Registering for VAT and who is obliged to pay it

Who can register for VAT?


You can register for VAT if you’re in business in the UK, unless you only sell goods or services that are exempt from VAT or if the HMRC don’t recognise your business in their definitions.

To be in business you must, frequently and over a period of time, carry out one or a combination of these criteria:

  • Earn an income by carrying on a trade, vocation or profession, either by being self-employed or through another entity such as a limited company.

  • Provide membership benefits as a club, association or similar body in return for a subscription or other form of payment.

  • Provide certain other activities as a club or other recreational body, charity or other non-profit making body.

  • Charge admission to a premises.


Who is obliged to register for VAT?


If, over the last 12 months, your turnover of VAT taxable goods and services supplied within the UK is more than the current registration threshold, or if you expect it to go over the threshold in the next 30 days alone, you must register for VAT. If this is a temporary spike in sales you may be able to apply for exemption.

Likewise, if you’re taking over another business that’s already VAT registered you need to add your own VAT taxable turnover to that of the new business. If the joint taxable turnover is above the threshold you’ll need to go about registering for VAT.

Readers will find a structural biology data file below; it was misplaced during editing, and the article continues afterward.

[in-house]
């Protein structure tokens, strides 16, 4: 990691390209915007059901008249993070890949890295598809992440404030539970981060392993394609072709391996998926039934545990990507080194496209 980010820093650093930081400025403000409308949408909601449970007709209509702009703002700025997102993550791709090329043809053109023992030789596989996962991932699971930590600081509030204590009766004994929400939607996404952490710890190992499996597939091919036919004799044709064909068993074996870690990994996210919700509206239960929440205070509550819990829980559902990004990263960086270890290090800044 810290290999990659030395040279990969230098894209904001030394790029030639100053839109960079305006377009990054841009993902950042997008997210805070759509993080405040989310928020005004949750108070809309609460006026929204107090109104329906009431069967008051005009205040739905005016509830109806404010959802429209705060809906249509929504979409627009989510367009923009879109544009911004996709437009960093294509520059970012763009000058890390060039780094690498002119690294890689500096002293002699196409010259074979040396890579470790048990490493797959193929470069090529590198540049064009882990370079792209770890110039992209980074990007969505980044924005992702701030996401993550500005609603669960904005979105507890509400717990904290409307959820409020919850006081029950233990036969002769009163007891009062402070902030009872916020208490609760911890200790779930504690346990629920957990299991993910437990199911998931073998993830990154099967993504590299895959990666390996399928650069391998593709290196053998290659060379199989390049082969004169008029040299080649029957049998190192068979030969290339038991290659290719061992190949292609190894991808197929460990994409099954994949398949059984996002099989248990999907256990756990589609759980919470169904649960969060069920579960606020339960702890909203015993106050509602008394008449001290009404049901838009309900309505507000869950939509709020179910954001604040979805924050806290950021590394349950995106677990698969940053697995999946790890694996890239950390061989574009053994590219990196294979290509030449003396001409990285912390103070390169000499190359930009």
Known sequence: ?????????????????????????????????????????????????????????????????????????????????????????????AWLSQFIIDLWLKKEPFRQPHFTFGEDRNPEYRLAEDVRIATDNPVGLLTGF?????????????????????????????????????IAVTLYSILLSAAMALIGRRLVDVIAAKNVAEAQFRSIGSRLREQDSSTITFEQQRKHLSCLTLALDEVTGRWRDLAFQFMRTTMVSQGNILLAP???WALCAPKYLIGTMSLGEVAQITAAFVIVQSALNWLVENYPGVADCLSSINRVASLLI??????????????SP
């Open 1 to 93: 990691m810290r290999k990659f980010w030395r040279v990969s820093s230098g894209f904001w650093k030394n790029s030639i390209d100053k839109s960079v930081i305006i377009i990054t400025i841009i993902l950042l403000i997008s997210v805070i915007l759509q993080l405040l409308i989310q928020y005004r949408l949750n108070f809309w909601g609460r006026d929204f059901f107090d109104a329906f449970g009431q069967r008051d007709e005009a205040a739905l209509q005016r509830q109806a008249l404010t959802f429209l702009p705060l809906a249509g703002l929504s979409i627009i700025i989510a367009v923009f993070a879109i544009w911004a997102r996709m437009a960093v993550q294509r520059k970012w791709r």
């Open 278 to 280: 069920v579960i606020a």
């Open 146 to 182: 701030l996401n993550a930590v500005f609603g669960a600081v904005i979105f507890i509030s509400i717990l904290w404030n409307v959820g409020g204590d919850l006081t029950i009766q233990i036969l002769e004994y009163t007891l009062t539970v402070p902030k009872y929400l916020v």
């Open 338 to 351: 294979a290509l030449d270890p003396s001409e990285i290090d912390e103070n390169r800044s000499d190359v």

You can find the most up to date threshold figures from HMRC.

Other circumstances in which you may need to register for VAT include:

  • If you’re receiving goods from other countries in the EU whose value totals more than the threshold in the calendar year or if you expect to acquire more than that value in the next 30 days.

  • If you’re supplying goods or services from the UK to other countries.

  • If you’re supplying goods or services to the UK from other countries.


Volunteering for VAT


Some companies volunteer to register for VAT even if they haven’t yet reached the turnover threshold.

This will mean that you can reclaim the VAT that you have to pay other companies, known as your input tax, as long as this does not exceed the amount of VAT you’re charging others for your goods and services (your output tax).

Registering for VAT may also offer others the impression that your business is bigger or more established than it really is.

It’s important to remember that you’ll have increased paperwork to complete if you’re VAT registered and you could face penalties if you don’t file your paperwork in time.

Your costs may also appear higher to your customers who will also have to pay the VAT you’re charging and, if your output tax exceeds your input tax, you’ll need to pay the difference back to HMRC at the end of the tax year.


Starting your business – VAT and more


Before registering for VAT, or even contemplating it, setting up your new business requires registration with Companies House. You can get the ball rolling on this without the need to start trading and with The Formations Company you can be up and running and ready to make your financial decisions in as little as three hours.